Monday, June 15, 2015

How Do I Register Revised Version of Previously Published Book?

early print-on-demand system
Dear Rich: Some years ago, I wrote a novel. I briefly offered it through a print-on-demand service, but only a very few copies were actually printed before I thought better of it and all of those copies went to me or close friends. The work was not registered with the Copyright Office at that time. Since withdrawing the book from the P-O-D service, I've made various revisions to the text, fixing some errors, refining dialogue, and so forth. I am now interested in registering the work, but because of the short-lived print edition, I'm not sure how I need to approach it. Am I obligated to submit the version published, noting the date, and then file a separate continuation with the revision? Is there a way to simply submit the current version and note that a previous, unregistered edition was published? (The current version is still close enough to the previous one to be immediately identifiable as a different draft of the same thing.) Yes, you can register the most current version but you might be better served by registering the earlier P.O.D. version assuming there are no major changes -- new characters, new plot line -- in the revision. Here's the skinny:
Do you need to register at all? Start with the principle that both versions are protected under copyright law and registration is not required to obtain rights. Registration is encouraged because it provides some benefits most of which are important if you must sue someone. Because few people have seen the P.O.D. version and nobody has yet to see your new version, you may not need to be concerned with infringement ... that is, until you distribute your revised version.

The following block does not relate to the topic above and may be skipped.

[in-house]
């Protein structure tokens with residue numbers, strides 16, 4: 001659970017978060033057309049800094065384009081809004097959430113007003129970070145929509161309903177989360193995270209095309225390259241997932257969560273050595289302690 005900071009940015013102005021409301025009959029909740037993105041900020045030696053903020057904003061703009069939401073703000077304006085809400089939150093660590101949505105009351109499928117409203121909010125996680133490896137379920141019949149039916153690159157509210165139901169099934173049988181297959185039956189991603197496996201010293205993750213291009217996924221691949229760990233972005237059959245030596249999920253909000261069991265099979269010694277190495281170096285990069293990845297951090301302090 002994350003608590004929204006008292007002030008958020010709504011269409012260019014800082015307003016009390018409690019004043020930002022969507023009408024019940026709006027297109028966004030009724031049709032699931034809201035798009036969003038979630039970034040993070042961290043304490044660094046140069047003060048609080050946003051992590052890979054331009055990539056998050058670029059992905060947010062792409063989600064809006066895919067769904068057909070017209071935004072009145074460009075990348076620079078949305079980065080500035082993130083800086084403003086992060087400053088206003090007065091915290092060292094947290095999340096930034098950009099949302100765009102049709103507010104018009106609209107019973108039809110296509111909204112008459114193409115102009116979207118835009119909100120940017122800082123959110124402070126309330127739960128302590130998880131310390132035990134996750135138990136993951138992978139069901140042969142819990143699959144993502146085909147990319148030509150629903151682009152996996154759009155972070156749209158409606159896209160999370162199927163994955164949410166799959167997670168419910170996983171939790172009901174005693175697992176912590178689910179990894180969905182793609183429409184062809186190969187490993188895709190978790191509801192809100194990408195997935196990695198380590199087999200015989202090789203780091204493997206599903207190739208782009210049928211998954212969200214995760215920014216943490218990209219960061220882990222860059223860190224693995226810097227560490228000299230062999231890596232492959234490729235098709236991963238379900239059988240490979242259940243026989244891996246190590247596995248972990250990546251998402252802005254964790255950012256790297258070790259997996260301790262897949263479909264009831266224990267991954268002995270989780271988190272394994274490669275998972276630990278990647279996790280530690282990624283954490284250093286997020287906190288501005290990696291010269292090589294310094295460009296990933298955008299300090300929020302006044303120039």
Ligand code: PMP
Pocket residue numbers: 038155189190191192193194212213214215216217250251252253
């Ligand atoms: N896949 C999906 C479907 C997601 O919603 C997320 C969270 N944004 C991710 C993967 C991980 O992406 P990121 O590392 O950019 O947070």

If you do register ... The Copyright Office views your revised work as a derivative of the P.O.D. work and therefore your registration is intended to provide protection for your modifications. When you complete the limitations section of your application, you would fill it out as shown below:
Assuming the P.O.D. version is close to the revision, we would recommend registering the P.O.D. now. Later, when you are ready to publish the revised version, register that one as well, including the information shown above, as well as previous registration number and year of registration. Keep in mind that you can use your P.O.D. registration to stop someone who rips off your revised version (even if the revised version is not registered) because only the copyright owner (you) would have the right to make derivatives.
By the way dept. You would not file a "continuation." We think you're applying the patent definition of that term.  Under copyright law a continuation sheet is used to provide additional information that doesn't fit within the original paper application.